Overcoming loneliness at university

Gareth Hughes

Gareth Hughes is the Clinical Lead for Student Space and is a psychotherapist, researcher and writer on student wellbeing, including the book Be Well, Learn Well

Loneliness is a common experience for many students that can feel unpleasant and affect your thinking - but it can be overcome.

What is loneliness?

Loneliness can feel painful and troubling. It can bring other emotions with it, like sadness, frustration and anxiety. You might be annoyed with yourself, or feel like you should be able to manage better.

In reality, loneliness is a normal human response to the absence of something we need. It’s like feeling hungry as a response to needing food. Loneliness is simply a warning sign that we need to act to improve our social connections.

Ways to find connection

Loneliness appears to be caused by a lack of quality social connections. You can spend a lot of time around other people and still feel lonely.

The key to overcoming loneliness is to focus on spending time, with others, that feels meaningful and enjoyable.

Meaningful time with others

One way to find meaningful time with others is to focus on helping other people. When we help other people, we connect with them and their needs and that connection is positive for us.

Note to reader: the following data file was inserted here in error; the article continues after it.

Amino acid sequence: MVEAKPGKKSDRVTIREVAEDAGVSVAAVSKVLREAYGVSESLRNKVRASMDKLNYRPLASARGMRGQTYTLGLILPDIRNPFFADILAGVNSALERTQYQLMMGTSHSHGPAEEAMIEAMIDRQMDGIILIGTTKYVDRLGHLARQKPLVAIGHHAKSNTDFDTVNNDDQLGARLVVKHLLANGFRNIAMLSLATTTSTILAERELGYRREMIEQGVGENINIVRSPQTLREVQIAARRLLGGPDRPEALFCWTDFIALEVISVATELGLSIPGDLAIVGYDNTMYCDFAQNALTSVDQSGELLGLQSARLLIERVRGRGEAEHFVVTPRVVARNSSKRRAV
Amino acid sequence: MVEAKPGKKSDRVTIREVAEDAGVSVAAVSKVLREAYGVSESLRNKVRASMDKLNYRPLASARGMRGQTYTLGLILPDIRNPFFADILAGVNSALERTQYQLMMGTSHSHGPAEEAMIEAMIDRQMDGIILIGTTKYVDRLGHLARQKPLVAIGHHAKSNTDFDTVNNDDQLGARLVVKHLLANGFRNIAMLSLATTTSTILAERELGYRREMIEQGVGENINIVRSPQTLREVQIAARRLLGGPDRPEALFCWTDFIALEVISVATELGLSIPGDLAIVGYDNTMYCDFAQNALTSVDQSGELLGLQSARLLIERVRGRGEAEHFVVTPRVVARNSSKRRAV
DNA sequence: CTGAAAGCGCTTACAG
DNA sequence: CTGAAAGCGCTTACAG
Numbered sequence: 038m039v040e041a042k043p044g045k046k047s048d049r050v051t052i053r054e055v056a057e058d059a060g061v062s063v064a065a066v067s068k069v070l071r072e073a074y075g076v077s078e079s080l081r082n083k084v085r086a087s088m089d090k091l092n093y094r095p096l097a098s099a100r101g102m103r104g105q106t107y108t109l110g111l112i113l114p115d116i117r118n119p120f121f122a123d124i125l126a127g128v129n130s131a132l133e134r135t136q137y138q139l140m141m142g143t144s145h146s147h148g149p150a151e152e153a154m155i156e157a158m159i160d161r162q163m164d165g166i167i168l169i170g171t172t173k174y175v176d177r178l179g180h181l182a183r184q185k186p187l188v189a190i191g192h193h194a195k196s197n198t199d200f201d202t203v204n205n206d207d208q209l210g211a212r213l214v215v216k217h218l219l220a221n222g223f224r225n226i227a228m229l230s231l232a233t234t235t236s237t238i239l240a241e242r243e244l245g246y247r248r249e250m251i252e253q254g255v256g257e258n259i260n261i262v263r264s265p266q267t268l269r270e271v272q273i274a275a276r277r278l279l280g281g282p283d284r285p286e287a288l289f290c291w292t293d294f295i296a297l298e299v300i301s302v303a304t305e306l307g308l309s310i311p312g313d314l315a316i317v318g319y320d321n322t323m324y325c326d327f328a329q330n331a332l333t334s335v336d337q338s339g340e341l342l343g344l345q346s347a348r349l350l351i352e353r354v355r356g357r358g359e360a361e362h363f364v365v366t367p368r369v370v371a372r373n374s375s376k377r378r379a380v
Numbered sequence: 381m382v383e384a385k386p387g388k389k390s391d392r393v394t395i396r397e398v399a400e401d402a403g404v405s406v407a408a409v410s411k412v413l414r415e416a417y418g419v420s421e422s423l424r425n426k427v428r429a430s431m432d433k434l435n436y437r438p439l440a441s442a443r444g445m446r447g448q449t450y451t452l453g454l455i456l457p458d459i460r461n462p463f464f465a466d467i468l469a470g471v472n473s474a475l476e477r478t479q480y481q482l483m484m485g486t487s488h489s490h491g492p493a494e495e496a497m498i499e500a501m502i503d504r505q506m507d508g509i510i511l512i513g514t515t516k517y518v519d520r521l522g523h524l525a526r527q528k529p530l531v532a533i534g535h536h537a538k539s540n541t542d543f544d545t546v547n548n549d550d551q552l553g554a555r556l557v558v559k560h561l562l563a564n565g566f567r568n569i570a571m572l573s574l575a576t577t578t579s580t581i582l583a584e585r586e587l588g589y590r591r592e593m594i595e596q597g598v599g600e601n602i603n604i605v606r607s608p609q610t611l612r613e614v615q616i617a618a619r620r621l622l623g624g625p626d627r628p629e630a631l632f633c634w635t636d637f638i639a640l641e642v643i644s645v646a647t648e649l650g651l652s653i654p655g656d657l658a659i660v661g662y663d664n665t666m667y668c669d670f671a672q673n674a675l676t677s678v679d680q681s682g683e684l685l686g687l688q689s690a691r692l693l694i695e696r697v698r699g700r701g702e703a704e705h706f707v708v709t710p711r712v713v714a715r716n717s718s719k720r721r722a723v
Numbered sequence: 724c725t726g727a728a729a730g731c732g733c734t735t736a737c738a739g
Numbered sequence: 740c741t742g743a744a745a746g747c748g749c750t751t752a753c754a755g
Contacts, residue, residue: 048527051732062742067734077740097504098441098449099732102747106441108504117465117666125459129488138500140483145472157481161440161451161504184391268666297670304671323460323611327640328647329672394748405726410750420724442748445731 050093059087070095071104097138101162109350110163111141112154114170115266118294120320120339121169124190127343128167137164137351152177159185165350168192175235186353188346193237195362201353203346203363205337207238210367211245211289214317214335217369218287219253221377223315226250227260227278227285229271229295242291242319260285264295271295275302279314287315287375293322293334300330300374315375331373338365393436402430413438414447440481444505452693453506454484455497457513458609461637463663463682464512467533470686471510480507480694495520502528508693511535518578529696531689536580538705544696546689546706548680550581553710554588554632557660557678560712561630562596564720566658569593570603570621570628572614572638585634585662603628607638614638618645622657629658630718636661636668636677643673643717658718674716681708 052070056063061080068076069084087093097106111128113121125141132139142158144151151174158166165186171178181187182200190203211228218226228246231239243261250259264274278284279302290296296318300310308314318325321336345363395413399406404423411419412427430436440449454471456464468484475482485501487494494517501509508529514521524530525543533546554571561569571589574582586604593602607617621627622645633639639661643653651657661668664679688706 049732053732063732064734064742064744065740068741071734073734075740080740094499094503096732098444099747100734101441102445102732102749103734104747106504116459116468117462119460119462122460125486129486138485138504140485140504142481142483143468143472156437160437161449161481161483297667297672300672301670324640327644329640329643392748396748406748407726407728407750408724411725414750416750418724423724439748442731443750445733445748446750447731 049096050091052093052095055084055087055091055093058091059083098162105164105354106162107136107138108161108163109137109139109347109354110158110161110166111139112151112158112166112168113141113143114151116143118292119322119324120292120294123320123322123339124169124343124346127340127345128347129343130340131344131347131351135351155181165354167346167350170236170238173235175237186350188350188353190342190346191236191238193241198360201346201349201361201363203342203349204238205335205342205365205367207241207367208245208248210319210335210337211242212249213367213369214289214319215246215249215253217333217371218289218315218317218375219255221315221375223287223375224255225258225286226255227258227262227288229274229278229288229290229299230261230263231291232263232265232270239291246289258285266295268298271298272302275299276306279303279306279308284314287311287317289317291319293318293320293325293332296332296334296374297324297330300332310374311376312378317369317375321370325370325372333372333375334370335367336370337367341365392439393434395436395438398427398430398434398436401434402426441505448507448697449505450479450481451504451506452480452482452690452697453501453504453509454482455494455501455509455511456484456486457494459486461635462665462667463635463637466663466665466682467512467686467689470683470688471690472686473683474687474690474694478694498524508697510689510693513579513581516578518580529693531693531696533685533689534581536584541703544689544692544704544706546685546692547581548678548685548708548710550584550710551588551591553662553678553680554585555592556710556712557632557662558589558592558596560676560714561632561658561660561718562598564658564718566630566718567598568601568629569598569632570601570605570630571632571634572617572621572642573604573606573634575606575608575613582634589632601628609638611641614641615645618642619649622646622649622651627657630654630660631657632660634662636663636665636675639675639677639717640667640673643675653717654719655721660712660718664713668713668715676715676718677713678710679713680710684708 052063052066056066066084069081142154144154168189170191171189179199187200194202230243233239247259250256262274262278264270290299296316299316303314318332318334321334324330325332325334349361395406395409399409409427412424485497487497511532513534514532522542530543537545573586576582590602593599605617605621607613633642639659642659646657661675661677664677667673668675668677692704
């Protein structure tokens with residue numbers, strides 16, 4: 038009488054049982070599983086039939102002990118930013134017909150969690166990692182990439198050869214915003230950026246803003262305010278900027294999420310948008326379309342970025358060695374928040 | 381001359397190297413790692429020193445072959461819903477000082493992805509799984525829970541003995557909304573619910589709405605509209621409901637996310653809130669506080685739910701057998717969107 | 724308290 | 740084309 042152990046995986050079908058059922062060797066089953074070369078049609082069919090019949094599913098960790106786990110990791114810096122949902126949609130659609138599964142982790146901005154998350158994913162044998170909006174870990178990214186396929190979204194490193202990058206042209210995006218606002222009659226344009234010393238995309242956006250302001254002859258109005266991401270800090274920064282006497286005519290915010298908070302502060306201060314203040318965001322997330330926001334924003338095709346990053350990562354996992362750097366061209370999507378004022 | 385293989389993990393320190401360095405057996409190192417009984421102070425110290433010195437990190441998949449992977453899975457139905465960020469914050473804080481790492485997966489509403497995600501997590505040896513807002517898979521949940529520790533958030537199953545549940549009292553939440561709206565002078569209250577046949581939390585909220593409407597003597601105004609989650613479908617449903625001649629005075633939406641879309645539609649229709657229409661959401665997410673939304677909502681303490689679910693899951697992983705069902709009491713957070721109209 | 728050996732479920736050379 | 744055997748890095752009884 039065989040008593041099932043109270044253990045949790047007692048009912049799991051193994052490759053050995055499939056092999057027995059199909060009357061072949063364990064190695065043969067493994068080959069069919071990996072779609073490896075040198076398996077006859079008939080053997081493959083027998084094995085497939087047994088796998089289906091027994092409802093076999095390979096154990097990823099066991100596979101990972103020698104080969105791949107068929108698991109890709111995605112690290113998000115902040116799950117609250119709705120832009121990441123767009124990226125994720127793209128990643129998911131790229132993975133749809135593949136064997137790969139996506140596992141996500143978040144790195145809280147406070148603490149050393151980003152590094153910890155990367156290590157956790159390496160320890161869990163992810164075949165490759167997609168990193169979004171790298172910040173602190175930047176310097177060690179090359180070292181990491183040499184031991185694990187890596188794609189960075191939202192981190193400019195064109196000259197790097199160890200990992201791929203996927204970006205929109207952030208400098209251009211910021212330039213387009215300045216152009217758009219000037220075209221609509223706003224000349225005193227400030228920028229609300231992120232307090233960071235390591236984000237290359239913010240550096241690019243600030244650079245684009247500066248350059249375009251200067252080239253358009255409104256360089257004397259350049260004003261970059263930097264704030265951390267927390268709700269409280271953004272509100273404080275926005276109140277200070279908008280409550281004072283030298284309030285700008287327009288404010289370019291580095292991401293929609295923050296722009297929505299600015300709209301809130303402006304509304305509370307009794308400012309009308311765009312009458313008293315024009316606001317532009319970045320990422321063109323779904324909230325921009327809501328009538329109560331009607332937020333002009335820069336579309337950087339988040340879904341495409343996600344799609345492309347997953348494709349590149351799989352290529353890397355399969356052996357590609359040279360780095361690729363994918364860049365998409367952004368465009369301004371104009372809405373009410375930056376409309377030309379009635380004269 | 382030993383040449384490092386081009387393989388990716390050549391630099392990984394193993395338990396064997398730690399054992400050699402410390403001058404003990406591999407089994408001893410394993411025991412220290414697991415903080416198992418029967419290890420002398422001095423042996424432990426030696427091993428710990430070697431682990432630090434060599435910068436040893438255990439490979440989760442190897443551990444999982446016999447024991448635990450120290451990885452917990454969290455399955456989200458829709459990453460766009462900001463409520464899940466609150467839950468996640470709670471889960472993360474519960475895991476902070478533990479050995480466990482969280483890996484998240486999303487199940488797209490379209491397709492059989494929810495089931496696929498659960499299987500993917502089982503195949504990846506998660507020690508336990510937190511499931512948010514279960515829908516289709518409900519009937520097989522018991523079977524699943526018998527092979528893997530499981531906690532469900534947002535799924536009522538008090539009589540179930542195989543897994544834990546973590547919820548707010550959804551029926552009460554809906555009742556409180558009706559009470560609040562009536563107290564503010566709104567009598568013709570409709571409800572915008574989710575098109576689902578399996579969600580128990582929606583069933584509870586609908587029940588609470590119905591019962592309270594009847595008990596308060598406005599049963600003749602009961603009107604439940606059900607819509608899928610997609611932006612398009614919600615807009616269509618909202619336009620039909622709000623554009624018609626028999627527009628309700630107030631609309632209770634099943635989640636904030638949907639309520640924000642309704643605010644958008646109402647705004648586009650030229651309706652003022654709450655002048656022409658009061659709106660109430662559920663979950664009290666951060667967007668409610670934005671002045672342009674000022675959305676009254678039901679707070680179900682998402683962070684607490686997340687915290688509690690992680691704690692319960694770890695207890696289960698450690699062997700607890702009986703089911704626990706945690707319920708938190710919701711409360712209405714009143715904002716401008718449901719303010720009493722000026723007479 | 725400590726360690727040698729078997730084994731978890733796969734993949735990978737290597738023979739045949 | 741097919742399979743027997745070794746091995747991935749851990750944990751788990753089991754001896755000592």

You might try to find ways to help friends or family, or you could join a volunteering scheme.

Or you may want to discuss how you’ve been feeling with someone you trust. Sharing your feelings with others can help to build more of a sense of connection and a belief that there are people around who care about you.

Enjoyable time with others

To find enjoyable time with others, it may help to arrange something fun with current friends or to join a Students’ Union society or club.

You could try:

  • arranging a group picnic or meal – eating together can be a close bonding experience.
  • an online activity you can all join in, like a quiz.

How loneliness can affect your thinking

Be aware that loneliness can influence how we evaluate our social interactions. You may feel that you aren’t enjoying time with others. You may find yourself replaying interactions in your mind, looking for things you did or said wrong or that others did that you didn’t like.

Try to accept that these responses are an effect of how you are feeling - but don’t let them control what you do. Even if you used to enjoy time with friends more, it’s still better to have a little bit of pleasurable company than none at all.

In time, you will find that your ability to enjoy social situations will increase again.

What to do if loneliness persists

Finally, if loneliness persists and you are finding it difficult to move forward, use the support available at your university.

Loneliness is unpleasant, but there are ways to address it and you can feel socially connected again.

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Page last reviewed: October 2022